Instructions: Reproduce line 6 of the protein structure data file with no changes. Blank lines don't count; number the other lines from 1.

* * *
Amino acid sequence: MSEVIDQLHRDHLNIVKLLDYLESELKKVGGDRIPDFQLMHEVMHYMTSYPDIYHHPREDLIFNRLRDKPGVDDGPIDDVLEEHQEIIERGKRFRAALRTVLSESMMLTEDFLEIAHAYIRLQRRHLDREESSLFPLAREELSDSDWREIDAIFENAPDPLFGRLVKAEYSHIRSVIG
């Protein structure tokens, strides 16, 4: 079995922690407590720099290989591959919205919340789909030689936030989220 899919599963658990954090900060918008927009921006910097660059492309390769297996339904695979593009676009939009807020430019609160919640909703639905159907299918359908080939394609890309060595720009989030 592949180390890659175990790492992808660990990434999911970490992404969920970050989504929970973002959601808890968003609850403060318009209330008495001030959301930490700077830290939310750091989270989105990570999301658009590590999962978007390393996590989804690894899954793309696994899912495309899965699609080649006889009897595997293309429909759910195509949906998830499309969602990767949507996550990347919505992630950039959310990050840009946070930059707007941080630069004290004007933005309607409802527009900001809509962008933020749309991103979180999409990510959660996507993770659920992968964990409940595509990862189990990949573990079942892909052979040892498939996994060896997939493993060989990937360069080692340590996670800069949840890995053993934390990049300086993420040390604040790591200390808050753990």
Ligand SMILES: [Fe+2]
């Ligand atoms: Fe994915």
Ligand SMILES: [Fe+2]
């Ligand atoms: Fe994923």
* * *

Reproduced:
């Ligand atoms: Fe994923």